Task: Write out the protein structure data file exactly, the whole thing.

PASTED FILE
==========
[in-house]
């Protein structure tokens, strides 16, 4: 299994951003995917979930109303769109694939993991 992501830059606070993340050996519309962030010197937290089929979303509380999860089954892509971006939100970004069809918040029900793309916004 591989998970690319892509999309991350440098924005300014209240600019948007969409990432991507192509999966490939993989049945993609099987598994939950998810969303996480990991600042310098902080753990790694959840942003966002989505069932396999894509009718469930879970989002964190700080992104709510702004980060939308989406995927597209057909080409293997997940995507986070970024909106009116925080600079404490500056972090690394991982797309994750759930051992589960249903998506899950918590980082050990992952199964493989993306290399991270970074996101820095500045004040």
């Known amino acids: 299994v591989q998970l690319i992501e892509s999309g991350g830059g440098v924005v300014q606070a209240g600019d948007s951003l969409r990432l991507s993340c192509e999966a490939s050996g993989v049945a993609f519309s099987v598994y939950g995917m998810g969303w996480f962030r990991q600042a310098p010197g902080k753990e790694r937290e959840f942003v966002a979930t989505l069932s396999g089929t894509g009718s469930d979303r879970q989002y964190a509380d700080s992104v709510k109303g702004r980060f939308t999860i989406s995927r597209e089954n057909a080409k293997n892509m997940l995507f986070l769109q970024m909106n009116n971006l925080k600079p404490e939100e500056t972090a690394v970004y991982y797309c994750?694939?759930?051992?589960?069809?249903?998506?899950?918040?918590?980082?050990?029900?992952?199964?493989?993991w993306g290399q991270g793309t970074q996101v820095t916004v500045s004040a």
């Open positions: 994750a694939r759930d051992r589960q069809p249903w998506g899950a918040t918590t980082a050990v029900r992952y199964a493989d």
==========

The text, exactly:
[in-house]
């Protein structure tokens, strides 16, 4: 299994951003995917979930109303769109694939993991 992501830059606070993340050996519309962030010197937290089929979303509380999860089954892509971006939100970004069809918040029900793309916004 591989998970690319892509999309991350440098924005300014209240600019948007969409990432991507192509999966490939993989049945993609099987598994939950998810969303996480990991600042310098902080753990790694959840942003966002989505069932396999894509009718469930879970989002964190700080992104709510702004980060939308989406995927597209057909080409293997997940995507986070970024909106009116925080600079404490500056972090690394991982797309994750759930051992589960249903998506899950918590980082050990992952199964493989993306290399991270970074996101820095500045004040």
């Known amino acids: 299994v591989q998970l690319i992501e892509s999309g991350g830059g440098v924005v300014q606070a209240g600019d948007s951003l969409r990432l991507s993340c192509e999966a490939s050996g993989v049945a993609f519309s099987v598994y939950g995917m998810g969303w996480f962030r990991q600042a310098p010197g902080k753990e790694r937290e959840f942003v966002a979930t989505l069932s396999g089929t894509g009718s469930d979303r879970q989002y964190a509380d700080s992104v709510k109303g702004r980060f939308t999860i989406s995927r597209e089954n057909a080409k293997n892509m997940l995507f986070l769109q970024m909106n009116n971006l925080k600079p404490e939100e500056t972090a690394v970004y991982y797309c994750?694939?759930?051992?589960?069809?249903?998506?899950?918040?918590?980082?050990?029900?992952?199964?493989?993991w993306g290399q991270g793309t970074q996101v820095t916004v500045s004040a």
């Open positions: 994750a694939r759930d051992r589960q069809p249903w998506g899950a918040t918590t980082a050990v029900r992952y199964a493989d």